While I think PageRank is a very clever (though simple) idea, I’m not very sure about HITS. What this algorithms are for? For predicting the quality of a page on the Web based on all the links between pages. PageRank assumes that a page linked by many pages and linked by pages of high quality (recursive!) has a good quality, i.e. it is an authority. HITS is based on the notions of hub and authority: a good hub is a page that points to several good authorities; a good authority is a page that is pointed at by several good hubs.
So, why do I appreciate PageRank and less HITS? Because the latter can be easily attacked. The PageRank of this page depends only on the pages linking to this page and I cannot easily force everyone on the web to link to this page. It depends on what other pages decide to link and I have no power over it.
Conversely, according to HITS, the hubness of this page depend on the pages this page link to, and I have total power over the pages I link to! Do I want this page to become an hub about cars? It is enough to link to (what I think are) cars authorities: bmw, mercedes, ferrari, ford, renault, … (fiat is better not). Then do I want to exploit the hubness score this page got? I would simply link also to crappyCarsISell.com. HITS thinks this page is an hub and, since an hub by definition points to authorities, hence HITS thinks crappyCarsISell.com is a car authority.
What matters is Direction of links! I have no control on links that go in my page but I have total control in links that go out of my page. Anyway I think the work by Kleinberg is simply great but HITS does not take into account the fact that users will always try to game systems (especially, but not only, if they have an immediate benefit).
… I was almost forgotting the initial reason of this post: I got remind about HITS reading Lexical authorities in an encyclopedic corpus: a case study with Wikipedia by my friend Francesco, whose blog I just discovered today via a comment he left here. And this means one less friend without a blog! Welcome Francesco!

GUESS the graph

GUESS: The Graph Exploration System by IBM seems a very interesting tool if you have fun managing and playing with graphs but I didn’t have time to try it yet. They say Source code available soon, if you have some desperate need for it in the meantime just email me and GUESS uses some great open source software including Piccolo, JUNG, HSQLDB, Jython , and RServe. I use JUNG and it is a delicious piece of software. If GUESS is able to improuve it and to give something more, it is probably an astonishing piece of software (and it is open source)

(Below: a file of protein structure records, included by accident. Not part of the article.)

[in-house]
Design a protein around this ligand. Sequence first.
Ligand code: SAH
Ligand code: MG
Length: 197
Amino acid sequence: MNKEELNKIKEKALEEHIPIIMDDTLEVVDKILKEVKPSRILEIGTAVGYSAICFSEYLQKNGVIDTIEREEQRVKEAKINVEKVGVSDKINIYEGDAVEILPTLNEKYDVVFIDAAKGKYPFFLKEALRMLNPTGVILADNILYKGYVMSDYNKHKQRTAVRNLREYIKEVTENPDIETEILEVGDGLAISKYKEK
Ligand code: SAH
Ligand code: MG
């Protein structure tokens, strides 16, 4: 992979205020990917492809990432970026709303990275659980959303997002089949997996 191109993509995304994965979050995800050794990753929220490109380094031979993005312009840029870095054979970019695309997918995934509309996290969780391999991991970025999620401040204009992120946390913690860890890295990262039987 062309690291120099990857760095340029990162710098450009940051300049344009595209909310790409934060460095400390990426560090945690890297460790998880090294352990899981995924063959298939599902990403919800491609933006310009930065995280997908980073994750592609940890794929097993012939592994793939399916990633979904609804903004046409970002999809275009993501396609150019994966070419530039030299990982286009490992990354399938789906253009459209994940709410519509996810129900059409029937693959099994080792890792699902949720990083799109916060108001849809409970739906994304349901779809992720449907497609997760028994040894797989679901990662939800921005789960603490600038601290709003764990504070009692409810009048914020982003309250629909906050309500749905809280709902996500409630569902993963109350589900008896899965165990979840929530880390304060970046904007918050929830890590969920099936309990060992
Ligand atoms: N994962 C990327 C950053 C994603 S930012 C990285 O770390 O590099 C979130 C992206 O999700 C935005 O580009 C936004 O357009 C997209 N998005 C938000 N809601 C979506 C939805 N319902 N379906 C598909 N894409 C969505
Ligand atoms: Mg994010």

“Serpica naro” is “San Precario”

san_precario.jpgThis is pure genius! News from Repubblica.it (in Italian).
Serpica Naro, young anglojapanese artist and fashion-maker, was supposed to close the Milano fashion week (Settimana Della Moda) today. BUT (suspence …) Serpica Naro does not exist!
The organizers were fouled by the creative Italian collective Chainworkers. Serpica Naro is in fact an acronym of San Precario (depicted in picture), the newest of a long list of saints but this time with a reason.
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Will your friend ask “Are you buzzing me?”

Old but very interesting article The Hidden (in Plain Sight) Persuaders from NyTimes (link via NYTimes link generator).
Some companies, such as BzzAgent, sells as a service “viral social peer-to-peer marketing”, that is normal people telling you (and many other people) how cool a certain product is. The interesting point is that those people are normal people (maybe your friend) and not some superpaid supermodel and also that those people volunteer (!) for spreading good reviews about a certain product, for example, the “Al Fresco” sausages (?!?).
The article raised in me a lot of questions. For example, while I can understand why activists want to spread their ideas (for example, Greenpeace, Attac, EFF, FSF, Engineers Without Borders just to mention some of them), why on hearth would someone (without being paid!!) fight for advertising “Al Fresco” sausages to her friends? There are so many good causes you can embrace, why on earth someone chooses to embrace “Al Fresco” sausages?
I simply don’t get it, so I guess I should experiment it directly: anyone interested in setting up such a company in Italy? If yes, comment this post or send me email.
Below some excerpts from the article but I suggest you to read it all.
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Trust competition testbed rules now available

Do you know RoboCup? In the software version, you can program your own football players and then have them competing against the players of someone else. You can use whatever technique and the goal is to score more goals that the competitor. “It is an attempt to foster AI and intelligent robotics research by providing a standard problem where wide range of technologies can be integrated and examined.”.
With a similar goal, some researchers are working on a trust competition testbed. The idea? You program your player in the “social game”, have it playing against (or with?) the other players and at the end evaluate in some way her performances (how well she reasoned about trusting other players and information in order to reach her objectives). And we can also evaluate how the “society”, intended as the ecology of players, evolves (or not) based on the different, local behaviours. Anyway, if you are interested, check the Trust competition Rules (longer pdf version) and Trust competition FAQ. Want to play with the Java code? Unluckly, not yet possible but I guess you might obtain the code if you email them. Release of the testbed distribution is being withheld until July, 2005. At that time, the testbed will be publicly available for experimentation and competition practice.